State explores aid
Some say a plan to facilitate
emergency relief among states
could have a high cost
Hawaii is considering joining a nationwide compact that lets states share emergency aid during times of disaster, but some worry the agreement could prove costly to the islands.
Hawaii became last week the only U.S. state that does not participate in the 1996 Emergency Management Assistance Compact after California lawmakers approved that state's participation Thursday at the urging of Gov. Arnold Schwarzenegger.
In Hawaii the state attorney general's office has been asked by Gov. Linda Lingle's administration to draft a bill for next year's legislative session that could lead to Hawaii's participation in the compact, said Deputy Attorney General Michael Vincent.
The compact's goal is to facilitate state-to-state manpower and aid distribution during times of disaster. But by agreeing to take part in it, states are bound by law to comply with requests for emergency assistance, Vincent said.
Hawaii's isolation is a concern because it is unclear whether the compact guarantees that the Federal Emergency Management Agency would reimburse the state for expensive transportation costs, said Ray Lovell, spokesman for Hawaii's office of Civil Defense.
"If we bring these people ... we pay all the transportation costs; we pick up the bill for all that," he said. "It may or may not be reimbursed."
Vincent said while the law works well in bordering states, nothing guarantees the same would apply to Hawaii, which is separated from the nearest state by thousands of miles of ocean.
"It's a matter of economics," he said. "It costs a lot more for us to get our people somewhere. If we ask for help, it's going to cost us a lot more to bring them over."
Vincent said only states under federal disaster status are eligible for reimbursement. Even then, they still need to cover 25 percent of relief costs.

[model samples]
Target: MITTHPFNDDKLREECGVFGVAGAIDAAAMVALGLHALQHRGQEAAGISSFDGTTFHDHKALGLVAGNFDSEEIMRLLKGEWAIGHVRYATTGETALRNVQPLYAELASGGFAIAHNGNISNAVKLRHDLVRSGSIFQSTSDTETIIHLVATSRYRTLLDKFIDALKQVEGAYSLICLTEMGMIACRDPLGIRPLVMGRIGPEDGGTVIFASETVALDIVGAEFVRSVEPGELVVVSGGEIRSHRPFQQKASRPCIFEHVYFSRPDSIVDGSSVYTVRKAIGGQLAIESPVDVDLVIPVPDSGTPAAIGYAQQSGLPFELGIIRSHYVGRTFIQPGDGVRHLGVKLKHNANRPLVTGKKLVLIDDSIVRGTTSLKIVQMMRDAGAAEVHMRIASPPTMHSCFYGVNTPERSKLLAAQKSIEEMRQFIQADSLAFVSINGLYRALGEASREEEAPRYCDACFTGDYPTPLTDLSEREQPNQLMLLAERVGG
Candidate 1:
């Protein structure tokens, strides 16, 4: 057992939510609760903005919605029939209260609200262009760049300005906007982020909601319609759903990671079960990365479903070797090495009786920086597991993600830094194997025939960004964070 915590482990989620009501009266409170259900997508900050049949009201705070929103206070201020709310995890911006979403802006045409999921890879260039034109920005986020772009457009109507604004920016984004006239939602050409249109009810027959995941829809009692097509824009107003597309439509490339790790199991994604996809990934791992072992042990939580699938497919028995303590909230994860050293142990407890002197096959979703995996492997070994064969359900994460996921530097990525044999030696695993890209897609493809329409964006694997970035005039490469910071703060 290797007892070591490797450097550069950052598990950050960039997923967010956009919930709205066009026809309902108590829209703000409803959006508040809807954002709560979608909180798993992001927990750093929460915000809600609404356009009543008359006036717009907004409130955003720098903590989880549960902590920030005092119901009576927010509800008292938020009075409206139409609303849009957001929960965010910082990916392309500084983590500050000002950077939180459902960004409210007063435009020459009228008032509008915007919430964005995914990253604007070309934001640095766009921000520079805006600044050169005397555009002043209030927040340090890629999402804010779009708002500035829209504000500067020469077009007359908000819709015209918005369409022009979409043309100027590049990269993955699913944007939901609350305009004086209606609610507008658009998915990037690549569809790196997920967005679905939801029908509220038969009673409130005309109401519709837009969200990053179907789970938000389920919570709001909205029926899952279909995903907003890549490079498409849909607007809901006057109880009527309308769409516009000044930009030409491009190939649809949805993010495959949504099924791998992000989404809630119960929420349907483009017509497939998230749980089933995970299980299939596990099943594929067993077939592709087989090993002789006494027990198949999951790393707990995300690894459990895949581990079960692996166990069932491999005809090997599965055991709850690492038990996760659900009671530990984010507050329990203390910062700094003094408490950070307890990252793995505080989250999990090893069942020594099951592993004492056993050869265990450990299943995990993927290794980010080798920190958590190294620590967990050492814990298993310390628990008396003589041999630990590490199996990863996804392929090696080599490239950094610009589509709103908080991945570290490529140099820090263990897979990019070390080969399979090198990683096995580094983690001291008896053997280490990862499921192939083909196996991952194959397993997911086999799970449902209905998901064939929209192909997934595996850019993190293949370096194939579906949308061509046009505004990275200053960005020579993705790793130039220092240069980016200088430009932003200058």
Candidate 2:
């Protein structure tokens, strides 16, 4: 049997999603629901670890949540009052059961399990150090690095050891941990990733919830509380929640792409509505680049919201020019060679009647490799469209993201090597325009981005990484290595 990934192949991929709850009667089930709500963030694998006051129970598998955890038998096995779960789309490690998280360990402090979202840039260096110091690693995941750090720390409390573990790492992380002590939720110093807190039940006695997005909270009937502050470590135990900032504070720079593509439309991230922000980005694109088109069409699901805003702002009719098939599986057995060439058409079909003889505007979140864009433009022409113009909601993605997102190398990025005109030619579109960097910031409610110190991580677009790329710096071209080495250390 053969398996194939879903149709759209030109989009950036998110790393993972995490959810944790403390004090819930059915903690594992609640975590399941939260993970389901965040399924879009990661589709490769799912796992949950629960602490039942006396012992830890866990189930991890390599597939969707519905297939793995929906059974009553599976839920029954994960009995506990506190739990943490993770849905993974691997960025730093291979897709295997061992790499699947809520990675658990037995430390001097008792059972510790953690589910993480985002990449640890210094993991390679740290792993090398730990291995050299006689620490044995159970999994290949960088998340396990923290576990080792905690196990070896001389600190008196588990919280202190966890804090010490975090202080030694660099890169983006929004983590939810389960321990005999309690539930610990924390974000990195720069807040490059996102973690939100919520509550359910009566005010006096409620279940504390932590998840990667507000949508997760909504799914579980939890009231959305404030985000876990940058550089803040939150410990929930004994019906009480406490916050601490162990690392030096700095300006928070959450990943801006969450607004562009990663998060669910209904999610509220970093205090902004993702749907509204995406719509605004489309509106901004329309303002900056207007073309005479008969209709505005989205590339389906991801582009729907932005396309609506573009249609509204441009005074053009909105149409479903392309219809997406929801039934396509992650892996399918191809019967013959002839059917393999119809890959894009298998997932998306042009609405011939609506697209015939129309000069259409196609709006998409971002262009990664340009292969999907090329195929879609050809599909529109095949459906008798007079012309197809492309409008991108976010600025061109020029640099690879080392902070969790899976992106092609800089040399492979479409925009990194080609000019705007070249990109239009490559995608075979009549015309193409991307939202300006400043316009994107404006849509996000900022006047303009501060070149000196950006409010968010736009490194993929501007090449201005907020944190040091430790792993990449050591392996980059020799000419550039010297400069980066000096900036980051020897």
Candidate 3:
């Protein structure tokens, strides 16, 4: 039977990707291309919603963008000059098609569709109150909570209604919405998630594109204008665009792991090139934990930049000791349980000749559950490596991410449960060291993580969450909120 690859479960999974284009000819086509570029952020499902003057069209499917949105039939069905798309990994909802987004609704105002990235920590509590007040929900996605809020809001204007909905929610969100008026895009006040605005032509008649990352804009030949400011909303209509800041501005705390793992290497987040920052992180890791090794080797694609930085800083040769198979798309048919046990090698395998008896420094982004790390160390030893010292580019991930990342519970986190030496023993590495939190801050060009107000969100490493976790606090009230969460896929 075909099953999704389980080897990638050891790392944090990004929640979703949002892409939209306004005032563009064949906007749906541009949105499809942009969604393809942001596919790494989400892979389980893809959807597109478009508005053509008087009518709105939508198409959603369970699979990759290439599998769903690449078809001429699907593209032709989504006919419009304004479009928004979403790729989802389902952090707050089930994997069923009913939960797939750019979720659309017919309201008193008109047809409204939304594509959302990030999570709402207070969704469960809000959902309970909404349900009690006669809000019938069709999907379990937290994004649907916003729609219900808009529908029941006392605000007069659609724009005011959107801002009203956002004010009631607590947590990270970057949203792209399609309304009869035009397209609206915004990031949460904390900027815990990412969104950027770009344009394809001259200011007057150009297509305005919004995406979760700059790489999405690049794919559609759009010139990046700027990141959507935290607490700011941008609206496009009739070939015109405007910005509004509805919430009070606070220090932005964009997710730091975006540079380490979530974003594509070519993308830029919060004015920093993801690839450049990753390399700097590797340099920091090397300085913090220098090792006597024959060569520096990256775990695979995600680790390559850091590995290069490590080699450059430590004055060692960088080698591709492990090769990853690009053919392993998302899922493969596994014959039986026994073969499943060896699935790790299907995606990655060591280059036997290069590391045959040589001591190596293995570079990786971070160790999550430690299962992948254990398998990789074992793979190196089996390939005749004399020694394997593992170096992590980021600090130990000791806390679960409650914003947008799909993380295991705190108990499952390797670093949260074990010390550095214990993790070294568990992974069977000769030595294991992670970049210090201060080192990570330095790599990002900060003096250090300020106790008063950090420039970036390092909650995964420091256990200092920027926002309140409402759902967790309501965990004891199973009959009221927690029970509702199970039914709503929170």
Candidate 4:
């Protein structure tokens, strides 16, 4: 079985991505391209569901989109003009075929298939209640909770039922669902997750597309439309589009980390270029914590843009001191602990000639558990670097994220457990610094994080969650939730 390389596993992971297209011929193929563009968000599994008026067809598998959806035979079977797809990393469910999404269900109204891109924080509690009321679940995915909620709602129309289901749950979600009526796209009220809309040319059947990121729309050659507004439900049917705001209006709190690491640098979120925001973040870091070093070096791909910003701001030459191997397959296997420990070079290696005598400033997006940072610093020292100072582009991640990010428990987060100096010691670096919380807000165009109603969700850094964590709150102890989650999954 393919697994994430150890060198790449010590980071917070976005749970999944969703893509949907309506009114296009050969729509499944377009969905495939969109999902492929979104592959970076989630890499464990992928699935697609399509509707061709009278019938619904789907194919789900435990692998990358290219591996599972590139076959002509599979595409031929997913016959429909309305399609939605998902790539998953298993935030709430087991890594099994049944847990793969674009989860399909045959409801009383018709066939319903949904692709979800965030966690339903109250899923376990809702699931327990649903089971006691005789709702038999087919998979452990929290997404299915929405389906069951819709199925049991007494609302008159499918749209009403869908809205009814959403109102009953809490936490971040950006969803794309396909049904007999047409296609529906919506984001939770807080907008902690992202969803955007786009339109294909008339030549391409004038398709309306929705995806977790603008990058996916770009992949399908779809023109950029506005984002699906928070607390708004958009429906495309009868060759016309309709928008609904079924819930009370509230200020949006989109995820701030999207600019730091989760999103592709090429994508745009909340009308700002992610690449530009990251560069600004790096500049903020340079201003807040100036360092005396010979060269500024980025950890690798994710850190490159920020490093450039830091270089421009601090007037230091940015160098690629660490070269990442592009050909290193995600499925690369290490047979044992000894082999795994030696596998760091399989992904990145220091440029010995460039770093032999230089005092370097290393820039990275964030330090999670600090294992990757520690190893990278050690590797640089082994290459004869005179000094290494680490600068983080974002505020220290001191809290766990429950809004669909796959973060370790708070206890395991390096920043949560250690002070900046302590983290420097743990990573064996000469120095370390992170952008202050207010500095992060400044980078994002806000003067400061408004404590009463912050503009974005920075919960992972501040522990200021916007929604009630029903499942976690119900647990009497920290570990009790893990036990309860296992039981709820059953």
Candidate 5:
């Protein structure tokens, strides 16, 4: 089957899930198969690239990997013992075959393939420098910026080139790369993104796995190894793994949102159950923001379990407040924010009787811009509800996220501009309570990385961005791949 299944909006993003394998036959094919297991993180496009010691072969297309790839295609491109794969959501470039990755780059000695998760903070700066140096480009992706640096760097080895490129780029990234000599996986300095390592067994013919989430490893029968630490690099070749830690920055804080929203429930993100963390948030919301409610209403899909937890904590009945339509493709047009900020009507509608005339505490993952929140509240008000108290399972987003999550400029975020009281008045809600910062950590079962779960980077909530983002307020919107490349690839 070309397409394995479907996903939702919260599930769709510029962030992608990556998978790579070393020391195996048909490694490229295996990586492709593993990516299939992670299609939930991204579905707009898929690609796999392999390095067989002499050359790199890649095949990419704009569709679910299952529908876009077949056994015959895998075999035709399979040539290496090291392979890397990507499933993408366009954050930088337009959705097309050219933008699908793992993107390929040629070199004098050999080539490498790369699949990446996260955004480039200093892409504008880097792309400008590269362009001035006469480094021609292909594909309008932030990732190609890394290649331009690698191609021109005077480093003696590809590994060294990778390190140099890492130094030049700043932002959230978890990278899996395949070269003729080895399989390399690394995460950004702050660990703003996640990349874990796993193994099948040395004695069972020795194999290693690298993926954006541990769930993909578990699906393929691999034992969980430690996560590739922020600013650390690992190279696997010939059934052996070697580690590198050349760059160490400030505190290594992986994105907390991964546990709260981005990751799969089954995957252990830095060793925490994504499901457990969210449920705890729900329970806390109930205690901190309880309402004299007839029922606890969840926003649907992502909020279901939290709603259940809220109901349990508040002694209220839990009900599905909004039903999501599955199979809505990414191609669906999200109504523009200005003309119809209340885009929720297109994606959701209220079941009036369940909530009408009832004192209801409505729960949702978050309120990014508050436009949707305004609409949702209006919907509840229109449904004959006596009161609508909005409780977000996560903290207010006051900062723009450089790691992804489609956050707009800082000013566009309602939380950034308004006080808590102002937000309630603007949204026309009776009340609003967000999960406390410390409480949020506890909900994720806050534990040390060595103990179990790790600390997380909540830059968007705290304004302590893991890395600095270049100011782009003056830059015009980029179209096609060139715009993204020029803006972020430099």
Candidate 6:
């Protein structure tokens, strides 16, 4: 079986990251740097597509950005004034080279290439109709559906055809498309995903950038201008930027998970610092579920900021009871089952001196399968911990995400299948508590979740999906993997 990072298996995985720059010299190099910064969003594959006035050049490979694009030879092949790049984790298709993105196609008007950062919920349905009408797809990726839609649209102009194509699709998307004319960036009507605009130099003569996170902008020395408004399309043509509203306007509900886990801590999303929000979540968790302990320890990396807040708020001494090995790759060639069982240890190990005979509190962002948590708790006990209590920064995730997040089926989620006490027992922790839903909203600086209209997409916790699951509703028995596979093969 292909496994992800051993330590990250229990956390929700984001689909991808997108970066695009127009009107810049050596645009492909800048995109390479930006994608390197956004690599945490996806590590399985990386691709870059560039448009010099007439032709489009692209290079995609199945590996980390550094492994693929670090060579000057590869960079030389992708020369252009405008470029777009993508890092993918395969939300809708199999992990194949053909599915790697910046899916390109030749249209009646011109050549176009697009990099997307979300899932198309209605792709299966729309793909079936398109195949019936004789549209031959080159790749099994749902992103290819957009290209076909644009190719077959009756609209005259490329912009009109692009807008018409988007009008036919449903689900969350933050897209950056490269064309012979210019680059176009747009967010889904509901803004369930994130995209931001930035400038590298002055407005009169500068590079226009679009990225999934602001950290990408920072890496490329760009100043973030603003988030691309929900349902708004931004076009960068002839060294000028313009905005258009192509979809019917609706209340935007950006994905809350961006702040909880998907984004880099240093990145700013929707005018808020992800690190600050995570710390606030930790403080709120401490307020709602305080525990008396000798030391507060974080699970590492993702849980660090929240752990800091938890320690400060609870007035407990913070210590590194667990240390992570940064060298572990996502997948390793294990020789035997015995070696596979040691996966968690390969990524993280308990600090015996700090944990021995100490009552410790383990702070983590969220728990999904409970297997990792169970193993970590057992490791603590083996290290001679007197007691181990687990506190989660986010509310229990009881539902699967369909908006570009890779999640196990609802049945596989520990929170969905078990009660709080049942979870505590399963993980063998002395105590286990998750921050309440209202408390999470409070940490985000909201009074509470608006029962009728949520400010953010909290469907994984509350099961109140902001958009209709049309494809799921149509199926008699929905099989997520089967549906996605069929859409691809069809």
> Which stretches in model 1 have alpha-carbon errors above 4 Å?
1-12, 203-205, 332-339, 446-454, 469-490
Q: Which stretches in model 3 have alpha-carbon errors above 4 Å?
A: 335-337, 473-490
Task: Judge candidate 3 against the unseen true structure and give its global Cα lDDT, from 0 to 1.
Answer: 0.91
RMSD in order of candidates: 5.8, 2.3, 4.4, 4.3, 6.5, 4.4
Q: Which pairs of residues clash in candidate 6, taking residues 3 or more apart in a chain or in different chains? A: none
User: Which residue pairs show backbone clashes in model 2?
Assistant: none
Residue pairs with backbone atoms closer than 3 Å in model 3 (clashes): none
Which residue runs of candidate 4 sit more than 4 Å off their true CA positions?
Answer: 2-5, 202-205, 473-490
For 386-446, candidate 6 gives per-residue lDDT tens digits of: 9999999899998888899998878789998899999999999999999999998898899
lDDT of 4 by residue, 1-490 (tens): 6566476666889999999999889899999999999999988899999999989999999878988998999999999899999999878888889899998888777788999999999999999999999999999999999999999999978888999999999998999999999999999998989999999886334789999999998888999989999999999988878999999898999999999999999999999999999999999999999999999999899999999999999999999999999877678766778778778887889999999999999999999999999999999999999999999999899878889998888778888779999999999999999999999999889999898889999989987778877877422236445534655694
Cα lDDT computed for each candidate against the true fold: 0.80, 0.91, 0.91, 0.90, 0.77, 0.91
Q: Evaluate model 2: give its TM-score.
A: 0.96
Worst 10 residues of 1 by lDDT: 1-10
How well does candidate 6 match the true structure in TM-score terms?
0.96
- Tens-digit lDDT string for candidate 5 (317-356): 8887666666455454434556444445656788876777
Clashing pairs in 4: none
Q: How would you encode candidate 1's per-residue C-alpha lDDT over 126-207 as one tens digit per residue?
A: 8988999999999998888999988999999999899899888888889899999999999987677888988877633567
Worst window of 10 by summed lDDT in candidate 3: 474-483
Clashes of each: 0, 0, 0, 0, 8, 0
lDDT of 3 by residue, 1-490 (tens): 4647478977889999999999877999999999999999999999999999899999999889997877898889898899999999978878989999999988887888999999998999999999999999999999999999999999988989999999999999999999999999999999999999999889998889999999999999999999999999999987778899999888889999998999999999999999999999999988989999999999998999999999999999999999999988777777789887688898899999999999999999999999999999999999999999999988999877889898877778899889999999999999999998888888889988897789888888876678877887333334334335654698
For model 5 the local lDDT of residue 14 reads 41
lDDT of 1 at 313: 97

"That's where it gets interesting. ... If you don't have a federally declared disaster to help pay for that, you are on the hook," he said. "We have to fund the money and hope to get reimbursed later."
Previous attempts to have Hawaii participate in the compact have been unsuccessful. A bill sent to lawmakers during the last legislative session was sent back because it was incorrectly worded, Vincent said.
Hawaii's strong military presence helps make up for its lack of neighboring states.
Hawaii has relied in the past on an agreement to mobilize about 200,000 active military personnel in the state at any time to manage local emergencies, such as when Hurricane Iniki ravaged Kauai 13 years ago, on Sept. 11, 1992.
"They've been willing to help us," Lovell said. "We do have a plan in place."
Even without the compact, Hawaii has so far sent at least eight state workers to the mainland to help with Hurricane Katrina relief efforts.
Danny Tengan, a state Civil Defense worker, traveled to a shelter in Houston where he planned to spend 21 days with American Red Cross workers caring for refugees from flood-ravaged New Orleans.
Seven mental health workers with the state Department of Health also were cleared this weekend to assist the refugees.
All are covered by a Hawaii law passed two years ago that lets state and county employees certified by the Red Cross take up to 30 days' paid leave from their jobs to serve as disaster relief volunteers.